New funding could help avoid health ‘time bomb’
Experts say new PHARMAC funding could help avert potential public health ‘time bomb’
Tuesday, 31 March 2009
For immediate release
Health experts believe that new access to Pegasys® (peginterferon alfa-2a (40KD)), an effective antiviral treatment for two diseases, chronic hepatitis B and C, today announced by PHARMAC, will save thousands of lives and hundreds of millions of taxpayer dollars over the next twenty years.1,2,3
Together, health experts consider hepatitis B & C to be among the largest public health threats facing New Zealand in the near future. More than 140,000 New Zealanders are estimated to be suffering from Hepatitis B & C, progressive acting viral diseases that, if left untreated can eventually lead to cirrhosis of the liver, liver failure or even liver cancer.3-8
Associate Professor Ed Gane, Hepatologist at Auckland City Hospital, says that both hepatitis B & C were, until as recently as a decade ago, considered to be incurable.9-12
“Up to 20 per cent of patients with chronic hepatitis C or chronic hepatitis B will progress to, and eventually die from cirrhosis of the liver, liver failure or liver cancer.”
“As a result, hepatitis B and C infections together now account for more than half of referrals for liver transplantation and more than 95 per cent of new cases of liver cancer in New Zealand. These two diseases represent a potential time bomb for the health system – the projected numbers of HCV-related liver cancers are projected to treble over the next 20 years and untreated hepatitis C alone could cost the health system $400 million over the next 10-15 years.”
Clinical trials have shown that up to 52 per cent of patients with the difficult to treat genotype 1, and 84 per cent with genotypes 2 and 3 hepatitis C can be virus free following treatment with Pegasys in combination with ribavirin. Up to one third of patients with hepatitis B can also enter lasting remission after treatment with Pegasys, where levels of the hepatitis B virus fall below detectable levels.9-12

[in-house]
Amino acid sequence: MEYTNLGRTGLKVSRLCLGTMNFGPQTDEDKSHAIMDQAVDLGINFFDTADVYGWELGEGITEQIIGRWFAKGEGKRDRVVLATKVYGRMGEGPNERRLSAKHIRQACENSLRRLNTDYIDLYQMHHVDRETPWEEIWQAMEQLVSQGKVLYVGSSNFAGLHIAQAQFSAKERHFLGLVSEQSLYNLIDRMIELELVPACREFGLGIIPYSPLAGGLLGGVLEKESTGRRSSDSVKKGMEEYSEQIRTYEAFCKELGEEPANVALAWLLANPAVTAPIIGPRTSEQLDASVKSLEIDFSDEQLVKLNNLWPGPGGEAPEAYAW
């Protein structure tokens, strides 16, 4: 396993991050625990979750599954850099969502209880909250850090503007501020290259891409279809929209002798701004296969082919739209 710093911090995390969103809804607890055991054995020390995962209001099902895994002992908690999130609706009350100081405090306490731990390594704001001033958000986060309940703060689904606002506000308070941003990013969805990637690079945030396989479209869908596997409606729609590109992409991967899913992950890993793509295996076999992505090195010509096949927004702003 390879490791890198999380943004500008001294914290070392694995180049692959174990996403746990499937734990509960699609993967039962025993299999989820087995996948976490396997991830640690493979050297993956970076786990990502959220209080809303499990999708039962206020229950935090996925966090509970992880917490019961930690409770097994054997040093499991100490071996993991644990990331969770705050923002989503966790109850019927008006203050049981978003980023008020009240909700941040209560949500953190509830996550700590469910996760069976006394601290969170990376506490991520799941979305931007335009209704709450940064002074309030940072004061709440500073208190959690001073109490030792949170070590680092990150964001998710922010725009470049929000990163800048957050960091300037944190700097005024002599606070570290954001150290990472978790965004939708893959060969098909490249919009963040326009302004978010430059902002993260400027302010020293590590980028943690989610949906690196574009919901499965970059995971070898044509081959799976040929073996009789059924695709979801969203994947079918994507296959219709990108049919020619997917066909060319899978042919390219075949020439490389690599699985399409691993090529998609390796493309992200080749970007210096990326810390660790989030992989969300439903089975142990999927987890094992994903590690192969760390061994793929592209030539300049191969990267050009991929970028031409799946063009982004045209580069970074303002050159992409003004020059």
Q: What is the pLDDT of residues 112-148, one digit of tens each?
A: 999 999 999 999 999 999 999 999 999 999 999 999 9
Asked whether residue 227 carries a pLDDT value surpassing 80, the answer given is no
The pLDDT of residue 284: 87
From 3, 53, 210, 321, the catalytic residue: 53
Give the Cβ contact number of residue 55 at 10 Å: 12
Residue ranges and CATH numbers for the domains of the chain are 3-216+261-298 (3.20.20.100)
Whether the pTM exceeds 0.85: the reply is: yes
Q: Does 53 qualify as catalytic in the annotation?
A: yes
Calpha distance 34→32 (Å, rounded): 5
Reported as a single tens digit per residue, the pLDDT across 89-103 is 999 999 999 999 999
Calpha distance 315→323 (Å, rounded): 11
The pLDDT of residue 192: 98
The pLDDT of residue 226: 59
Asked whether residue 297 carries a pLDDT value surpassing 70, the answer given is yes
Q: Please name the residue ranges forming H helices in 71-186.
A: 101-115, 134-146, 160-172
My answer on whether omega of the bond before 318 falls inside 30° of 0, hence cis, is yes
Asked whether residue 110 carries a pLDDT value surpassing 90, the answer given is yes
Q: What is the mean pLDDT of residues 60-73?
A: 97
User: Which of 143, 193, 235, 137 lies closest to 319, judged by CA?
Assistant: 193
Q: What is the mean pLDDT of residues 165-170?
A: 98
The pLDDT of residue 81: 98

John Hornell, Chief Executive of the Hepatitis Foundation of New Zealand, estimates that 90,000 – 110,000 New Zealanders are suffering from chronic hepatitis B infection, and another 50,000 suffering from chronic hepatitis C infection. However, Mr Hornell says fewer than 30,000 of these are aware of their condition and able to seek treatment.4,5,6
“The best treatment outcomes are seen in those people who are diagnosed and receive treatment early. Unfortunately, the treatment rate in New Zealand is low because many people with chronic hepatitis B and C simply have not been diagnosed.”
Mr Hornell said the difficulty was that many people with chronic hepatitis B & C did not experience symptoms, or if they did, the symptoms were mild or non-specific.13
“It’s important that people in the highest risk categories* get tested for hepatitis B and C when they visit their GP. The message we’re spreading is that advancements in treatment like Pegasys mean that hepatitis B and C have higher success rates than were previously achievable.”
“That is why we encourage anyone who maybe at risk of carrying either of these viruses to get the diagnostic blood test, whether or not they experience symptoms, so they can receive any necessary treatment before the liver is irreversibly impaired or before they unwittingly transmit these infectious diseases to anyone else.”
Associate Professor Gane agrees, saying testing will enable earlier diagnosis of chronic hepatitis B and C. By doing so, patients will be able to adopt precautions to avoid spreading the virus further, to adopt lifestyle modifications which may prevent the progression of their liver disease to cirrhosis and to receive treatment that may help them become virus free.
* Risk factors for hepatitis B and C
Hepatitis B13 Hepatitis C14
• New Zealanders who are of Maori, Pacific or Asian ethnicity
• Born outside of New Zealand, particularly in sub-Saharan Africa, Southeast Asia, the Amazon Basin, the Pacific Islands or the Middle East
• Travel to regions with high infection rates of HBV, such as sub-Saharan Africa, Southeast Asia, the Amazon Basin, the Pacific Islands or the Middle East
• Unprotected/unsafe sex with more than one partner
• Recreational/exposure to blood (through sport or work)
• Family member with hepatitis B
• Sexual partner with hepatitis B
• Intravenous drug use – past & present